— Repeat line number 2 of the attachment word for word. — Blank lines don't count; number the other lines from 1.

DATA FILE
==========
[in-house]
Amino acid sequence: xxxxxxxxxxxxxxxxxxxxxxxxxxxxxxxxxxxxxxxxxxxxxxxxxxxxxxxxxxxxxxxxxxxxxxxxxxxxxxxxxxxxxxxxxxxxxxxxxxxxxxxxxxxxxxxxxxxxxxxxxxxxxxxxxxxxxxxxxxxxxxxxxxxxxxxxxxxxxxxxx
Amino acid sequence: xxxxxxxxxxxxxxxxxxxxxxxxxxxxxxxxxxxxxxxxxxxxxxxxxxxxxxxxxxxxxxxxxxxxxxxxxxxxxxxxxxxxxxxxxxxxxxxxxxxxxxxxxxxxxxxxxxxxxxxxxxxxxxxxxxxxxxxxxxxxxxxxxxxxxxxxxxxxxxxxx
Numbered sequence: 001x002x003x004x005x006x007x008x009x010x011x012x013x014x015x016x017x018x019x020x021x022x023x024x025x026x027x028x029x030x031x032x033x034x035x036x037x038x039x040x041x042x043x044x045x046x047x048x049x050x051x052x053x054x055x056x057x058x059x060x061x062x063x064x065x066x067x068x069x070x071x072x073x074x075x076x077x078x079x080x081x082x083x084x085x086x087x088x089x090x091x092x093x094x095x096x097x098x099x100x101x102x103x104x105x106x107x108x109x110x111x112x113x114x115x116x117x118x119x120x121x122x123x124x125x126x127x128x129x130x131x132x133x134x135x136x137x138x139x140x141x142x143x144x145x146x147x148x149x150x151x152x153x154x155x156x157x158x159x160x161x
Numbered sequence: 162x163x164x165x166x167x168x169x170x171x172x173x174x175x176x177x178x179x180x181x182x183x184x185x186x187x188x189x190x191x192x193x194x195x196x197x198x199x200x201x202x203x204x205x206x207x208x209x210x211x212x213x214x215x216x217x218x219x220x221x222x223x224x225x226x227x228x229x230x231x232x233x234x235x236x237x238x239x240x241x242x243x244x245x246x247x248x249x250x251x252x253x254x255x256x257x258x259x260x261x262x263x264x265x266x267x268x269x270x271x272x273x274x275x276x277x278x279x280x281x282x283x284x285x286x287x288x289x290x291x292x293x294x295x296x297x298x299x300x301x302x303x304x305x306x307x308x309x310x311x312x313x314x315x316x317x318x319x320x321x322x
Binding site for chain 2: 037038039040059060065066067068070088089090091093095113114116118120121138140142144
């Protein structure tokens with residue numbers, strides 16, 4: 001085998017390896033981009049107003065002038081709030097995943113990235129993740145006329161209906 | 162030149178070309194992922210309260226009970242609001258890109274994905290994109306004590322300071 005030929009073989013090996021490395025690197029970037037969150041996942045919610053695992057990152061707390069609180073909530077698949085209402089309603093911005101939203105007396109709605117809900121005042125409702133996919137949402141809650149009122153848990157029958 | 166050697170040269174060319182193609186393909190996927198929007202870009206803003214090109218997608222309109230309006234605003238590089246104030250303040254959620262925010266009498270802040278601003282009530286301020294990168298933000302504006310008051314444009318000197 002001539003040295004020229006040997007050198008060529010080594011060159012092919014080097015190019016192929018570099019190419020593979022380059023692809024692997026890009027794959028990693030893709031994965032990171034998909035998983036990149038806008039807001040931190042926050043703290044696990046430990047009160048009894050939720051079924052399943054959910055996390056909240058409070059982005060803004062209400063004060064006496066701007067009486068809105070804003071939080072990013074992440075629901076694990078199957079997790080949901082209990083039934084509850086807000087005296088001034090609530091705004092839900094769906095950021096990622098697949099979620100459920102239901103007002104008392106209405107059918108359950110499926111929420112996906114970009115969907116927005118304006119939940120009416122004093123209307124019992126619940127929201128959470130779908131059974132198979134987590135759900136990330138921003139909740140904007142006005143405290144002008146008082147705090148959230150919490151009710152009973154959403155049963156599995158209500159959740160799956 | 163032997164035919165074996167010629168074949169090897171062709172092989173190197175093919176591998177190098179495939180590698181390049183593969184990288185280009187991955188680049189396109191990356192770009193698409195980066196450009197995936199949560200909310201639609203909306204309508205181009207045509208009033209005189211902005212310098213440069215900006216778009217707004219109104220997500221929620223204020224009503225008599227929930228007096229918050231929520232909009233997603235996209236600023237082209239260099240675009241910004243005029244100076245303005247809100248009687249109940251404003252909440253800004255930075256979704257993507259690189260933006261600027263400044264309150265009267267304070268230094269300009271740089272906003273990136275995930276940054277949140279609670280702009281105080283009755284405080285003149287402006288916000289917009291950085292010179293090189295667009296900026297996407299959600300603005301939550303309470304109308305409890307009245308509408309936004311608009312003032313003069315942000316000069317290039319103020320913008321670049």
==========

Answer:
Amino acid sequence: xxxxxxxxxxxxxxxxxxxxxxxxxxxxxxxxxxxxxxxxxxxxxxxxxxxxxxxxxxxxxxxxxxxxxxxxxxxxxxxxxxxxxxxxxxxxxxxxxxxxxxxxxxxxxxxxxxxxxxxxxxxxxxxxxxxxxxxxxxxxxxxxxxxxxxxxxxxxxxxxx